Novel Strategies to Prevent and/or Treat Tuberculosis

  • Author / Creator
    Gupta, Nancy
  • Tuberculosis (TB), caused by Mycobacterium tuberculosis (Mtb), continues to be a leading infectious cause of death worldwide with approximately 10 million new cases and 2 million deaths attributed annually. There has been resurgence in active TB infections since 1980s and the World Health organization (WHO) has declared TB to be a “Global emergency”. The lack of an effective vaccine, the lengthy treatment regimens with multiple chemotherapeutic agents that have serious side effects, the prevalence of co-infection with HIV and the increasing number of cases of multi-, extensively-, and totally-drug resistant tuberculosis (MDR, XDR, TDR-TB), necessitate the development of novel vaccine and therapeutic regimens to treat and control the global spread of tuberculosis. The immune correlates of protection from infection and control of an ongoing infection are not clear yet, but intensive studies suggest the important role of innate immunity and multi-specific, polyfunctional adaptive cellular immunity. In this study, I have designed a novel subunit vaccine by conjugating a palmitoyl-lysine residue to peptides of the ESAT-6 antigen of Mtb, which corresponds to dominant human T cell epitopes. I sought to evaluate their ability to induce protective cellular immunity against Mtb (H37Ra) by subcutaneous (s.c.) and intranasal (i.n.) immunizations in a mouse model of Mtb infection. I have also evaluated how an adjuvant [Poly I:C, MPL, Gardiquimod (GDQ) and heat-killed Caulobacter crescentus (HKCC)] contributes to enhancing the induced responses and resulting protective efficacy of lipopeptides. My results demonstrated that single C-terminal palmitoyl-lysine modified lipopeptides of ESAT-6 elicited significant antigen specific CD4+ and CD8+ T cell responses upon subcutaneous immunizations. Intriguingly, a combination of immunogenic lipopeptides of ESAT-6 antigen exhibited local (pulmonary) and systemic immune responses along with efficient protective efficacy when administered intranasally or subcutaneously. Surprisingly, immunization with ESAT-6 derived lipopeptides with MPL and HKCC enhanced protection, whereas PolyI:C and GDQ led to reduce protection associated with specific local and systemic immune modulation. My studies demonstrate the potential of ESAT-6 derived lipopeptides as a promising vaccine candidate against Mtb, and emphasize that selection of the adjuvant is critical for the success of vaccines. In addition, I have investigated the ability of the newly discovered immunomodulator HKCC to induce immune responses capable of controlling mycobacterial growth. I examined the effect of HKCC in vitro on various human immune cells present in human peripheral blood mononuclear cells (PBMCs). I also evaluated the host-mediated anti-mycobacterial effects of HKCC in human macrophages infected with Mtb (H37Ra) and M. avium, and in a mouse model of Mtb infection. My results demonstrated that HKCC stimulate innate immune cells such as antigen-presenting cells (APCs), NK and NKT cells, and also lead to induction of multiple cytokines upon 24 h and 96 h culture with human PBMCs. Intriguingly, treatment with HKCC stimulated PBMCs supernatant led to significant reduction of Mtb and M. avium replication within human macrophages. Further, immunotherapy with HKCC alone and combination with isoniazid therapy significantly controlled mycobacterial growth in lungs, liver and spleen of Mtb infected mice with the induction of local and systemic protective immune responses. These findings reveal the promise of HKCC as a novel immunotherapy to treat mycobacterial infections. Overall, a promising vaccine candidate and a novel immunotherapeutic approach have emerged from my studies, which may be developed to prevent and/or treat TB infections.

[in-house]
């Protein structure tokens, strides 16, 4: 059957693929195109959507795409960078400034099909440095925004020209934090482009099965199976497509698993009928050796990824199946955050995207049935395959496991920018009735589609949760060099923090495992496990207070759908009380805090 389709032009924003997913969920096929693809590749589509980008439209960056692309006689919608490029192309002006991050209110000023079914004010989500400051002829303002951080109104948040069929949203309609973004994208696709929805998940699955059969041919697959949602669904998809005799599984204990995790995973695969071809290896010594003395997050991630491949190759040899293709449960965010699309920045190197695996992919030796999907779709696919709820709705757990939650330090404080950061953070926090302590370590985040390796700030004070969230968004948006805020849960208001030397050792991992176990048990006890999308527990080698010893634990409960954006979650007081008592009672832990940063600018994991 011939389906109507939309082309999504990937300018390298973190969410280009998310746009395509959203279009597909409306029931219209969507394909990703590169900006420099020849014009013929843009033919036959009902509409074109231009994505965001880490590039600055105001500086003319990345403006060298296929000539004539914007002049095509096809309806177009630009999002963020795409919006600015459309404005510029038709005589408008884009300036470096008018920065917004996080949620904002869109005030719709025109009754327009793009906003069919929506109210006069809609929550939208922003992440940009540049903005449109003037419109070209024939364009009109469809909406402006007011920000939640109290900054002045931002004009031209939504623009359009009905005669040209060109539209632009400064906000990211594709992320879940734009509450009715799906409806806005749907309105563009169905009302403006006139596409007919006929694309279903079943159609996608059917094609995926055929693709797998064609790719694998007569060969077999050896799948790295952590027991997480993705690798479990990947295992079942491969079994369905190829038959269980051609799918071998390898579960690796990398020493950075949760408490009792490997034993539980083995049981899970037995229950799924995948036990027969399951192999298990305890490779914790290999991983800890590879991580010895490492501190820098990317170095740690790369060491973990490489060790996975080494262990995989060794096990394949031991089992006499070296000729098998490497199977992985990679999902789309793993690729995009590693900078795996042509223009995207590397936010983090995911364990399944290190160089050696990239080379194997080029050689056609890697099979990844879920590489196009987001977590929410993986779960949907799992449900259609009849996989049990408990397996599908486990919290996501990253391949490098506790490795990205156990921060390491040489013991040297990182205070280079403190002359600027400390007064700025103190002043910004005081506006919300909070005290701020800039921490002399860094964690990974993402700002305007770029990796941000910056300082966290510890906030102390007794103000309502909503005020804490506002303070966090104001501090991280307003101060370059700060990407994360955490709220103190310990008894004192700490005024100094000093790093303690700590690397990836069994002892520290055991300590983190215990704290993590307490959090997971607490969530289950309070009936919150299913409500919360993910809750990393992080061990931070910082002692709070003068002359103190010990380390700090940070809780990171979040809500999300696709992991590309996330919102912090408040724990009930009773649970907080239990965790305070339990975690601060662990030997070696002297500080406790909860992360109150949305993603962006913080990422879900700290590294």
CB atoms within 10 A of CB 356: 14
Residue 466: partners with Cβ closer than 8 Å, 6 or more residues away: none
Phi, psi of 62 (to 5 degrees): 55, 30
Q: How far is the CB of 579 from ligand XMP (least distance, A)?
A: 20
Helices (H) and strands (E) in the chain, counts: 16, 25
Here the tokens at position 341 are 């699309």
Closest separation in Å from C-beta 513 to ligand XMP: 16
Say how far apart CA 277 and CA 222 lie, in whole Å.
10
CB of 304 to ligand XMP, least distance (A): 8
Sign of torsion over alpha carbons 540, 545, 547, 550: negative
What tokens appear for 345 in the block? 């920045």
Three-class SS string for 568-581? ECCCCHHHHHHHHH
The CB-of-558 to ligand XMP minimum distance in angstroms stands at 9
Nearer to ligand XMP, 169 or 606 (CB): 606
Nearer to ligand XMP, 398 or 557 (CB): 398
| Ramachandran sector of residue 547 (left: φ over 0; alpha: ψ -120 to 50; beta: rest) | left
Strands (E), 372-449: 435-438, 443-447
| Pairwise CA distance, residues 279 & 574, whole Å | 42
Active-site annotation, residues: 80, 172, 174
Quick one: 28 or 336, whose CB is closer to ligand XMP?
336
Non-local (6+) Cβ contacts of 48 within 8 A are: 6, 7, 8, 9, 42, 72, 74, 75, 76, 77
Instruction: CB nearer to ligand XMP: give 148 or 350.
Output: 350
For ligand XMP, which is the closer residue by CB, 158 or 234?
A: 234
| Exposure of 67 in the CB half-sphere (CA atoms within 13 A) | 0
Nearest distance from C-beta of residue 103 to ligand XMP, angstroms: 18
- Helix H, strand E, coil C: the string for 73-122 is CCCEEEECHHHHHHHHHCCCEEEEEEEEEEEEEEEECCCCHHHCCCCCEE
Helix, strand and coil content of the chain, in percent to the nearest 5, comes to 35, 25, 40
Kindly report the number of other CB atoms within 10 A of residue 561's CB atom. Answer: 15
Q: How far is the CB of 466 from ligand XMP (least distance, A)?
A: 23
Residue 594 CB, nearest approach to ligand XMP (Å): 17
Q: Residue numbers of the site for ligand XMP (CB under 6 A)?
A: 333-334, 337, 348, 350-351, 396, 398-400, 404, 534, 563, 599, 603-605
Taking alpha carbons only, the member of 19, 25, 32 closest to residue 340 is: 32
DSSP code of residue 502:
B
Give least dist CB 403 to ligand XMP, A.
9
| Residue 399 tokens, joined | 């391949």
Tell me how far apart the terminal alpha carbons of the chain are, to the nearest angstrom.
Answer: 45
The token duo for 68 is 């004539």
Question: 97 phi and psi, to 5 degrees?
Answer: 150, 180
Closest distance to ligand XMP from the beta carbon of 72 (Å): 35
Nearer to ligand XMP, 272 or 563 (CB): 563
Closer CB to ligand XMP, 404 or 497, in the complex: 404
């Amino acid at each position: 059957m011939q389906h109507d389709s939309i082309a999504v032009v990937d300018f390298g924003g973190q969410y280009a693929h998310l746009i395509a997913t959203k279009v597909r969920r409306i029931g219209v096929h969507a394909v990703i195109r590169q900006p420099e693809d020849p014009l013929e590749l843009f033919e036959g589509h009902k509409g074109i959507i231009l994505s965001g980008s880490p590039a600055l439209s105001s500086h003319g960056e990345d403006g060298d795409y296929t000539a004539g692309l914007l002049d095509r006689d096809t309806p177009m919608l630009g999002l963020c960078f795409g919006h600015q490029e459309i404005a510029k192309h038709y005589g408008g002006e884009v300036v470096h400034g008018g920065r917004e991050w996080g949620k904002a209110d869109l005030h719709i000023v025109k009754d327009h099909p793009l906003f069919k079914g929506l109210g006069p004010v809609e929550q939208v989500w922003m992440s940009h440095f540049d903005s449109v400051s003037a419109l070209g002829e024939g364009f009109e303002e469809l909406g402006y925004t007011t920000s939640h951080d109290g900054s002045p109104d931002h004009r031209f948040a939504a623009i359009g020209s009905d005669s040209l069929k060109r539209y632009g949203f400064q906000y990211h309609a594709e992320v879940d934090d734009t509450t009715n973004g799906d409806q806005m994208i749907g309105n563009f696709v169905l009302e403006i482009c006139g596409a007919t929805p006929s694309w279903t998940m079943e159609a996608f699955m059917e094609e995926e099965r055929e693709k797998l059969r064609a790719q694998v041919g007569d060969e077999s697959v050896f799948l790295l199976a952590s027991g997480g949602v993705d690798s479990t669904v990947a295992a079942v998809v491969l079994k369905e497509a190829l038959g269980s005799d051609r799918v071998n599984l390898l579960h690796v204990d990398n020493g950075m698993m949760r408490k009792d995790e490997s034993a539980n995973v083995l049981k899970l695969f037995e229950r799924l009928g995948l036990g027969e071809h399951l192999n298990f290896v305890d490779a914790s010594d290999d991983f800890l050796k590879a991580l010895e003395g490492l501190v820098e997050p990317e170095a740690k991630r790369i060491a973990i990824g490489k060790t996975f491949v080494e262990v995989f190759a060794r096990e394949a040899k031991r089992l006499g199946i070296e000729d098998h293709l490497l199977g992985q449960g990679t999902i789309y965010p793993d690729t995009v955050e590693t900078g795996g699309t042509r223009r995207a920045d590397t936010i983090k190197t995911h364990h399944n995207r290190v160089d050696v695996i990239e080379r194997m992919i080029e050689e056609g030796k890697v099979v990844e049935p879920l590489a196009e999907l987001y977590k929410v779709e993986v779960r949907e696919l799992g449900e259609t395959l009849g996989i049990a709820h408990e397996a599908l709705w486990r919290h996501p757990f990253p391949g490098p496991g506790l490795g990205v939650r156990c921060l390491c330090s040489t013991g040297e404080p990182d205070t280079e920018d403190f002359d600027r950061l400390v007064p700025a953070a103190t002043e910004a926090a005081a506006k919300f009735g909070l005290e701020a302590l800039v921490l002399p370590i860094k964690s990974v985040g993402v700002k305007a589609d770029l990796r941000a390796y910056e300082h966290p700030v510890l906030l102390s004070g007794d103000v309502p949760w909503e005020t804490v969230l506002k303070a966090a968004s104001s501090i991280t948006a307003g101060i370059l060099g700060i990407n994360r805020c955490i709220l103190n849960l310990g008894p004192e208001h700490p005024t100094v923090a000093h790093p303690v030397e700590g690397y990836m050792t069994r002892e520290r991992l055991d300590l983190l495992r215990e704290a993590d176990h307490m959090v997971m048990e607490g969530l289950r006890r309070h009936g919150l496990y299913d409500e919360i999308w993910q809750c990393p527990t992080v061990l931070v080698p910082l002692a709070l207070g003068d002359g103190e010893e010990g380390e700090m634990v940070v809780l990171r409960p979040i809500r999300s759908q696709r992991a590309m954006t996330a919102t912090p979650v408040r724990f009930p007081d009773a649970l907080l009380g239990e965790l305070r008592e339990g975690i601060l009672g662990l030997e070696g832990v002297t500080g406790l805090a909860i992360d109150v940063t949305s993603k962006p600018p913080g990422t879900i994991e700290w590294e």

• Subjects / Keywords
  • Graduation date
    2017-06:Spring 2017
  • Type of Item
  • Degree
    Doctor of Philosophy
  • DOI
  • License
    This thesis is made available by the University of Alberta Libraries with permission of the copyright owner solely for non-commercial purposes. This thesis, or any portion thereof, may not otherwise be copied or reproduced without the written consent of the copyright owner, except to the extent permitted by Canadian copyright law.
  • Language
  • Institution
    University of Alberta
  • Degree level
  • Department
    • Laboratory Medicine and Pathology
  • Supervisor / co-supervisor and their department(s)
    • Rennie, Robert (Laboratory Medicine and Pathology)
    • Kumar, Rakesh (Laboratory Medicine and Pathology)
    • Kunimoto, D.Y (Medicine)
  • Examining committee members and their departments
    • Rayat, Gina (Surgery)
    • Singh, Bhagirath (Microbiology and Immunology, University of Western Ontario)